CEDAR RAPIDS — The city of Cedar Rapids’ drinking water has been deemed the best-tasting drinking water in Iowa.
A new water quality report published in February by the Environmental Working Group in Washington, D.C., found that the drinking water coming from Cedar Rapids Water Division’s two water treatment plants ranks best among 201 municipal treatment operations in the nation for the low level of chemicals called haloacetic acids in the treated water.
The city ranks second best of the 201 water systems (after Fresno, Calif.) for the low amount of a second group of chemicals, trihalomethanes, in its treated drinking water.
In the Environmental Working Group’s report, Cedar Rapids measured 1.4 parts per billion for total trihalomethane and 0.4 parts per billion for haloacetic acids. By way of comparison, the Des Moines Water Works numbers were 36 and 7 while the private water system in Davenport, which is operated by Iowa American Water Co., had numbers of 92 (the highest of the 201 systems) and 27. The EPA rule sets limits at 80 and 60 for the two groups of chemicals, according to the report.
The environmental group’s report notes that the two chemical groups are labeled by the U.S. Environmental Protection Agency as “byproducts” of the water treatment disinfection process, which the environment group prefers to call “toxic trash.”
The name of the report: “Water Treatment Contaminants: Too Much Toxic Trash in American Water.”
Steve Hershner, interim utilities director for the city of Cedar Rapids, took the latest applause for the city’s drinking water this week with measured reserve.
“We like the pat on the back, but we always have work to do,” Hershner said. “ … When I look at a report like this, while I appreciate the results, I don’t have blinders on to the fact that they have an agenda.”
Hershner said the two groups of chemicals for which Cedar Rapids is measured at the top among the 201 water systems represent just two lines of two pages of a variety of monitoring results that the city reports in its annual Water Quality Report.
The Environmental Working Group report is trying to draw attention to the fact that chlorine used as a disinfectant in water treatment reacts with rotting organic matter like sewage, livestock manure, dead animals and fallen leaves to form toxic chemicals that may be “potentially” harmful to people.
It is a group, though, that is hard to please.
The group’s report continues on to say that the water treatment plants like Cedar Rapids’ that rely less on free chlorine and more on chloramines — ammonia added with chlorine or ammonia already in the water when chlorine is added — may have “moved the problem and may have complicated it.”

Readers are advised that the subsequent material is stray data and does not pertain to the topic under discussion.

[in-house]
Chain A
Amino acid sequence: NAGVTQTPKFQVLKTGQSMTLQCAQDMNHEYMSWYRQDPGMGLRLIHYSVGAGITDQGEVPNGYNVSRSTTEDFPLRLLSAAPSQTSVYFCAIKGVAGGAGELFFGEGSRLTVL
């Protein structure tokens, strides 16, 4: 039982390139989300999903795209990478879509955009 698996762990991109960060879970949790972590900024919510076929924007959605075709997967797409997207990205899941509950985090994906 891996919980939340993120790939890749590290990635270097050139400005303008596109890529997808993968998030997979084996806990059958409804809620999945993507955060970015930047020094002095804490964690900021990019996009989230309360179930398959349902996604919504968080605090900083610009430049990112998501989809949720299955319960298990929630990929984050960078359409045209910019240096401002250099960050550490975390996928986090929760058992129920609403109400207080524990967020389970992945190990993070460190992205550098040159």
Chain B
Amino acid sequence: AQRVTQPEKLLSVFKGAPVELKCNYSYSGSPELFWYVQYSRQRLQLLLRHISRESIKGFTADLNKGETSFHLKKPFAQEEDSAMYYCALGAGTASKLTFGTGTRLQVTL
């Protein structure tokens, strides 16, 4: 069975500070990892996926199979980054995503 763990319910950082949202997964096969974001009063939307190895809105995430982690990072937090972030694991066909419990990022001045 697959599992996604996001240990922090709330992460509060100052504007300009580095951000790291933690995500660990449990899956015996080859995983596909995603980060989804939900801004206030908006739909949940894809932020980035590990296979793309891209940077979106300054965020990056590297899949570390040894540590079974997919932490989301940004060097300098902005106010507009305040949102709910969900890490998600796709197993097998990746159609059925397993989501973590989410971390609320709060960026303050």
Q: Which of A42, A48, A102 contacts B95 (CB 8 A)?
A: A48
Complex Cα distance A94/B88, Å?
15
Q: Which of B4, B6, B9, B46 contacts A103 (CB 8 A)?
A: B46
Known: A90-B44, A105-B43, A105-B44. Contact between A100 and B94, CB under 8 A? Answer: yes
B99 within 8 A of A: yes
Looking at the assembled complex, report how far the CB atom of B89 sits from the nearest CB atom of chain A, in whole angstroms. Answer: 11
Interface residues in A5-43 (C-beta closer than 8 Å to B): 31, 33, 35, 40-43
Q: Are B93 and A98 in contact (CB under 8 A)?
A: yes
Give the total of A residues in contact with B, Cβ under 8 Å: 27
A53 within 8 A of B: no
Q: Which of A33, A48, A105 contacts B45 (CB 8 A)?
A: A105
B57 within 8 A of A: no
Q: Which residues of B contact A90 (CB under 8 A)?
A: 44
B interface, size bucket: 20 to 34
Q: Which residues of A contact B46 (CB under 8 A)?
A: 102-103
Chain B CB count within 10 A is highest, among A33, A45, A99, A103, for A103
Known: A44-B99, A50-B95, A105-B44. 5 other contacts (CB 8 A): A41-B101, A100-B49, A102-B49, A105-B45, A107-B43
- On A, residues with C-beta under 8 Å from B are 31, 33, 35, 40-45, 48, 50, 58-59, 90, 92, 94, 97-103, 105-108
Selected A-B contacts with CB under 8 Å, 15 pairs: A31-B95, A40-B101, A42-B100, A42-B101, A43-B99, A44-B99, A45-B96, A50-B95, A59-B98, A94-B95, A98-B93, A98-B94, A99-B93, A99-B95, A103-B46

Barb Wagner and Bruce Lyon, both drinking water quality officials with the city of Cedar Rapids, explained this week that the source water for Cedar Rapids’ two water treatment plants is harvested by wells from water filtered through sand and gravel at spots along the Cedar River. The water isn’t taken directly from the river, but from wells that reach below the river.
This raw water has naturally occurring ammonia, to which chlorine is added at one point in the treatment process to form chloramines. Free chlorine disinfects more effectively, so the city’s treatment process holds water in the chloramine stage for a time, which Wagner suggested was the reason that the city ranks so high in certain EPA regulated categories.
Chloramine also is more stable, lasts longer and so helps assure that the city’s water meets standards over time and throughout the delivery system, Wagner said.
Lyon said the city of Cedar Rapids can’t rely only on chlorine as a disinfectant because the city’s raw water already has levels of ammonia in it.
The EPA has not set a standard for chloramines, Hershner said, because the EPA realizes it is an important element in the treatment process in some water supplies.
The Environmental Working Group’s discussion of chloramines states that such a treatment process “potentially” could result in levels of an unregulated family of chemical contaminants called iodoacids, though Lyon said that naturally occurring iodide that might make its way into water has a very low probability of occurring.
The nitrosamine family of chemicals also may be byproducts of chloramines, the environmental group’s report states, but the EPA has set no standard on these. The city monitors for these chemicals, but in most categories those tests have not detected anything, according to the city’s 2011 Water Quality Report.
Hershner, Wagner and Lyon emphasized the Cedar Rapids’ water treatment process is multilayered: It features natural filtration from sand and gravel along the river, the addition of lime to kill microorganisms, filtration at the treatment plant, disinfection and then exposure to ultraviolent light to kill bacteria, viruses and protozoa.
The city was the first municipal water system in the state to add ultraviolet light disinfection, which it did in 2010 in anticipation of coming EPA regulatory demands related to viruses and other material.
Megan Murphy, communications coordinator for the city’s Utilities Department, said this week that no city that turns raw water into drinking water starts with “this pure, nectar of the gods.” She said all cities must treat the raw water. Waterborne illnesses are almost non-existent in the United States, she said.